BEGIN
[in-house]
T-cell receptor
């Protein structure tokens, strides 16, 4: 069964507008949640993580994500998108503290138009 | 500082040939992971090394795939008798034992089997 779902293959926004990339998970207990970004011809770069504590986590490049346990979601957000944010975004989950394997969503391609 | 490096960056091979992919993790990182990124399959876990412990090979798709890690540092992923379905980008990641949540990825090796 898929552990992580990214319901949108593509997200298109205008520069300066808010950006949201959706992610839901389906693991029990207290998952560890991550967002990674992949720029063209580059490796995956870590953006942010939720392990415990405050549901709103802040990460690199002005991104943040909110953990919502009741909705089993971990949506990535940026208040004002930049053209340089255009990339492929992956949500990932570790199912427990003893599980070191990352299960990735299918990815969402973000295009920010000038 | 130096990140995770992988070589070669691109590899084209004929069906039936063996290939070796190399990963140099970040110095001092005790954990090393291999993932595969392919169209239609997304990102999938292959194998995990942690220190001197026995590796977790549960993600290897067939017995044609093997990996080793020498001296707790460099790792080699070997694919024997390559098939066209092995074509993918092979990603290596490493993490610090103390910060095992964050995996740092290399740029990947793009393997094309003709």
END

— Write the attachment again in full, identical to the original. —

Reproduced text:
[in-house]
T-cell receptor
């Protein structure tokens, strides 16, 4: 069964507008949640993580994500998108503290138009 | 500082040939992971090394795939008798034992089997 779902293959926004990339998970207990970004011809770069504590986590490049346990979601957000944010975004989950394997969503391609 | 490096960056091979992919993790990182990124399959876990412990090979798709890690540092992923379905980008990641949540990825090796 898929552990992580990214319901949108593509997200298109205008520069300066808010950006949201959706992610839901389906693991029990207290998952560890991550967002990674992949720029063209580059490796995956870590953006942010939720392990415990405050549901709103802040990460690199002005991104943040909110953990919502009741909705089993971990949506990535940026208040004002930049053209340089255009990339492929992956949500990932570790199912427990003893599980070191990352299960990735299918990815969402973000295009920010000038 | 130096990140995770992988070589070669691109590899084209004929069906039936063996290939070796190399990963140099970040110095001092005790954990090393291999993932595969392919169209239609997304990102999938292959194998995990942690220190001197026995590796977790549960993600290897067939017995044609093997990996080793020498001296707790460099790792080699070997694919024997390559098939066209092995074509993918092979990603290596490493993490610090103390910060095992964050995996740092290399740029990947793009393997094309003709």